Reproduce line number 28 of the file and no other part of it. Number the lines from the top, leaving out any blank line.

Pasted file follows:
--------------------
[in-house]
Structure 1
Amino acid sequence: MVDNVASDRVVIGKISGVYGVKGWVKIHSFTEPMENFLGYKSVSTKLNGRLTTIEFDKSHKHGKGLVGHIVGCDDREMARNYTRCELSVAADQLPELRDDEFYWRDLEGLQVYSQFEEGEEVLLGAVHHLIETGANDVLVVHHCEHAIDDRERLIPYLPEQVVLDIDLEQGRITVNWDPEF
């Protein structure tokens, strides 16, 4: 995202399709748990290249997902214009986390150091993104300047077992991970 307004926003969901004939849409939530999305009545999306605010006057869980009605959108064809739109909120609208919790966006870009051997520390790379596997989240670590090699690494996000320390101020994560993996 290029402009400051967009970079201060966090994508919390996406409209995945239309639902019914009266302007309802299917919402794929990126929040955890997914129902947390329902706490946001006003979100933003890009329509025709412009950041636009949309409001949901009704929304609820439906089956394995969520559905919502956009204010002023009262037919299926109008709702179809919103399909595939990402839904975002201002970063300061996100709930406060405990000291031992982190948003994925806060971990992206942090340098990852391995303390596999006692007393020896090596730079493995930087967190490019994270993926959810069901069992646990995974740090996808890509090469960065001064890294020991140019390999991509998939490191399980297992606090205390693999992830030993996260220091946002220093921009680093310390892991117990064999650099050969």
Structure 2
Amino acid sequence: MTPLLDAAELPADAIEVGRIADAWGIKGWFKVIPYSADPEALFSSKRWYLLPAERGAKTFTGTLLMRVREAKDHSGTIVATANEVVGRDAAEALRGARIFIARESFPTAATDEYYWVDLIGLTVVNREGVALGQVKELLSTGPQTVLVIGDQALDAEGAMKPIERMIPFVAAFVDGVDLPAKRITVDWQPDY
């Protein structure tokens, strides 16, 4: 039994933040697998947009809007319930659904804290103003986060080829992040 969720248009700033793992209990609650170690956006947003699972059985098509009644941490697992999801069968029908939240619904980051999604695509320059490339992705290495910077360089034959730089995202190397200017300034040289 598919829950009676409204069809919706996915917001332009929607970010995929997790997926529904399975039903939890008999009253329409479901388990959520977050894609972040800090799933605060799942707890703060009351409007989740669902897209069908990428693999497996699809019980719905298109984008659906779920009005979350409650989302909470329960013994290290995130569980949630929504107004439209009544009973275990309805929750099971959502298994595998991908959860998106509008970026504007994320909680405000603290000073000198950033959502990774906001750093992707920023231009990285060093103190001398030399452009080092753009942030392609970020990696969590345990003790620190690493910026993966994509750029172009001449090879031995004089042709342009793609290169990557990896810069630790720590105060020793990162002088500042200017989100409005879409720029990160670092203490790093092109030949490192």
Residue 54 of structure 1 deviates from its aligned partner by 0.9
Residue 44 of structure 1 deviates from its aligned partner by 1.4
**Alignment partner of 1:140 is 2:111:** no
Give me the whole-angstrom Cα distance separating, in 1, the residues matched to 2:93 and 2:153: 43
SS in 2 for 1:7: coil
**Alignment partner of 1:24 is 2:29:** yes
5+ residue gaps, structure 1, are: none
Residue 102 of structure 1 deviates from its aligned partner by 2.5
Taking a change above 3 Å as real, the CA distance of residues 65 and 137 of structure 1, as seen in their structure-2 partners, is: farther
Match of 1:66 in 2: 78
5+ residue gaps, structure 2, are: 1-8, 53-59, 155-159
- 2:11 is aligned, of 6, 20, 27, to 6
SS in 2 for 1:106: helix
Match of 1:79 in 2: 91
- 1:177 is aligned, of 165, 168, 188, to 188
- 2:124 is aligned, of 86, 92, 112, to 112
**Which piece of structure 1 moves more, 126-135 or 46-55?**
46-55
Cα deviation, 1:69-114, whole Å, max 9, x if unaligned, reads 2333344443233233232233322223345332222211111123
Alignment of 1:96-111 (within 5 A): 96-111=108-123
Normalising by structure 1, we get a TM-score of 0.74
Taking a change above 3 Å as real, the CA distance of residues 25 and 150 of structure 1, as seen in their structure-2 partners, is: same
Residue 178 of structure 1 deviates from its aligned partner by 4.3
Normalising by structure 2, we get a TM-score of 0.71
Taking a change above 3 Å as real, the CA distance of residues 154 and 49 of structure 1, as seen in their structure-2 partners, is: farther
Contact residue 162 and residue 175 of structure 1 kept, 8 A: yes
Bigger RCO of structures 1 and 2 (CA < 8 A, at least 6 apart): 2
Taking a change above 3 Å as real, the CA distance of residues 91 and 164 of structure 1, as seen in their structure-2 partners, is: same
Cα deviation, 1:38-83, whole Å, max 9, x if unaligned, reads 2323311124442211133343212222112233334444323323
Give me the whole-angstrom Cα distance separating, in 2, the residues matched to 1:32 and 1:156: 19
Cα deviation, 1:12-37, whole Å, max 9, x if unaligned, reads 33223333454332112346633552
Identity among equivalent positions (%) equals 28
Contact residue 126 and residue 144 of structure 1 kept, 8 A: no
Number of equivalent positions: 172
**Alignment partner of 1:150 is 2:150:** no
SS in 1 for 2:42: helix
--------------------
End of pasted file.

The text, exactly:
Normalising by structure 1, we get a TM-score of 0.74